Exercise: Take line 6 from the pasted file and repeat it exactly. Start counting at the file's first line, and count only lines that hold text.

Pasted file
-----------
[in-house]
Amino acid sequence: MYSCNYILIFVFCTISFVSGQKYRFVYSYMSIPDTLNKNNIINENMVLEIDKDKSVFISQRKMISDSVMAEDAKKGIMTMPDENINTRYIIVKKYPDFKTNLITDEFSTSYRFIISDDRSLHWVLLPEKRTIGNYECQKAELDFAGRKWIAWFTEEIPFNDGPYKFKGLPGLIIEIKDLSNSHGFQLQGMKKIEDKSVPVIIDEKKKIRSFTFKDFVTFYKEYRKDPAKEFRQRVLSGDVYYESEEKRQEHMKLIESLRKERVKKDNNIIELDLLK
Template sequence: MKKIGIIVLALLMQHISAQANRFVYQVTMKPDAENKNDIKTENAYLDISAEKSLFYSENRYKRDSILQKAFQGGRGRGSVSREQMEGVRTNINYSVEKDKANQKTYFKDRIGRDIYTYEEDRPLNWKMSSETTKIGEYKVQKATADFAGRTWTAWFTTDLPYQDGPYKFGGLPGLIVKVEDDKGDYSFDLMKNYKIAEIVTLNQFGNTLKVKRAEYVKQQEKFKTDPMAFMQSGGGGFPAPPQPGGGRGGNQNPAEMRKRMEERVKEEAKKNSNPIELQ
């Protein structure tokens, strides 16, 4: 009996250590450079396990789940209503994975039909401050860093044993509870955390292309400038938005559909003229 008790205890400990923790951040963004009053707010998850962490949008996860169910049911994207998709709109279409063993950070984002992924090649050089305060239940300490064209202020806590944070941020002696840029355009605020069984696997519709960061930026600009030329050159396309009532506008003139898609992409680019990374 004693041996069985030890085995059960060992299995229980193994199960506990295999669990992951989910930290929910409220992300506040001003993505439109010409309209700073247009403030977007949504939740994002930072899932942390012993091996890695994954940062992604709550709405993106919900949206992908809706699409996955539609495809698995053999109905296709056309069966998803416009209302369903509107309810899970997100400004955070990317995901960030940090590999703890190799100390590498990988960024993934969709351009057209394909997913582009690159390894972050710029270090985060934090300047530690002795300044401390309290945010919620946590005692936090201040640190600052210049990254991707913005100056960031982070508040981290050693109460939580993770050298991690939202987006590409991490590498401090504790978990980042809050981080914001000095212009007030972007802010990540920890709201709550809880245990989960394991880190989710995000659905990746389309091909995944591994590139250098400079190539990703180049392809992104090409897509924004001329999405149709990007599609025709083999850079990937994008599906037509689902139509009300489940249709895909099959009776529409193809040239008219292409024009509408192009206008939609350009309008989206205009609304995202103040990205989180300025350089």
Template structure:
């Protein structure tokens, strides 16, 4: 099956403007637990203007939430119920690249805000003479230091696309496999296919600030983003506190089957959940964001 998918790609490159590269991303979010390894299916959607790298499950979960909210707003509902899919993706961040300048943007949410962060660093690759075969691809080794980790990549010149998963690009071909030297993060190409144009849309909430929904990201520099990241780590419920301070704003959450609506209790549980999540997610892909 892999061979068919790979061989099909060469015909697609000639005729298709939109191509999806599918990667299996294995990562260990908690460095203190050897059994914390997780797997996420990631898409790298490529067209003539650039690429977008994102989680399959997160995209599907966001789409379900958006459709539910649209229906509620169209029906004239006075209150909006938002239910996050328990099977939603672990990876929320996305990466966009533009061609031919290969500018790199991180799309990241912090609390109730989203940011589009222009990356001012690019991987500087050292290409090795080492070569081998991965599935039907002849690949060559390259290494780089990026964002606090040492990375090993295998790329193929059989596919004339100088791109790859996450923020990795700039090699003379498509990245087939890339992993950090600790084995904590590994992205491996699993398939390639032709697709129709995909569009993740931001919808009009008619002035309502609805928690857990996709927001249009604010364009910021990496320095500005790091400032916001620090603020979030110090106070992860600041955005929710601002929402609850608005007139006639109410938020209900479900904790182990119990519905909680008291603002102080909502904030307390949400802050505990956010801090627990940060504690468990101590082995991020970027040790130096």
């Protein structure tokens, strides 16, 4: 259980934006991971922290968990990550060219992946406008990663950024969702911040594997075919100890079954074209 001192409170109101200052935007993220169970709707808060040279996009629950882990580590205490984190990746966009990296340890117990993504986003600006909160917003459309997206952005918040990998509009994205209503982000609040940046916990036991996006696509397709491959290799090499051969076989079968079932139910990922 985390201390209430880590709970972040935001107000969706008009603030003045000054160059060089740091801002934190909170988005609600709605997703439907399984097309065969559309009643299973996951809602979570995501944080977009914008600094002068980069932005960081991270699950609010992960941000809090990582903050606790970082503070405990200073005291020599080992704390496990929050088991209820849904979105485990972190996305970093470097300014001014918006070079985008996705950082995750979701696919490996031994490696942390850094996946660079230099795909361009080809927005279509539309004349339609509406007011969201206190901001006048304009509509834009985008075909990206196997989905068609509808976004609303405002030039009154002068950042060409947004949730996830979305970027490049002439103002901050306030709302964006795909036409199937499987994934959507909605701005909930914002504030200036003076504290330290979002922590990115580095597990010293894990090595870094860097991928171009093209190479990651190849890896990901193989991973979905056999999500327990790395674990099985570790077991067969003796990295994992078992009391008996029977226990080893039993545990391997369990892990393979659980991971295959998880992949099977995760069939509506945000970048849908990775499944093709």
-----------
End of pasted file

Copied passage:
């Protein structure tokens, strides 16, 4: 099956403007637990203007939430119920690249805000003479230091696309496999296919600030983003506190089957959940964001 998918790609490159590269991303979010390894299916959607790298499950979960909210707003509902899919993706961040300048943007949410962060660093690759075969691809080794980790990549010149998963690009071909030297993060190409144009849309909430929904990201520099990241780590419920301070704003959450609506209790549980999540997610892909 892999061979068919790979061989099909060469015909697609000639005729298709939109191509999806599918990667299996294995990562260990908690460095203190050897059994914390997780797997996420990631898409790298490529067209003539650039690429977008994102989680399959997160995209599907966001789409379900958006459709539910649209229906509620169209029906004239006075209150909006938002239910996050328990099977939603672990990876929320996305990466966009533009061609031919290969500018790199991180799309990241912090609390109730989203940011589009222009990356001012690019991987500087050292290409090795080492070569081998991965599935039907002849690949060559390259290494780089990026964002606090040492990375090993295998790329193929059989596919004339100088791109790859996450923020990795700039090699003379498509990245087939890339992993950090600790084995904590590994992205491996699993398939390639032709697709129709995909569009993740931001919808009009008619002035309502609805928690857990996709927001249009604010364009910021990496320095500005790091400032916001620090603020979030110090106070992860600041955005929710601002929402609850608005007139006639109410938020209900479900904790182990119990519905909680008291603002102080909502904030307390949400802050505990956010801090627990940060504690468990101590082995991020970027040790130096």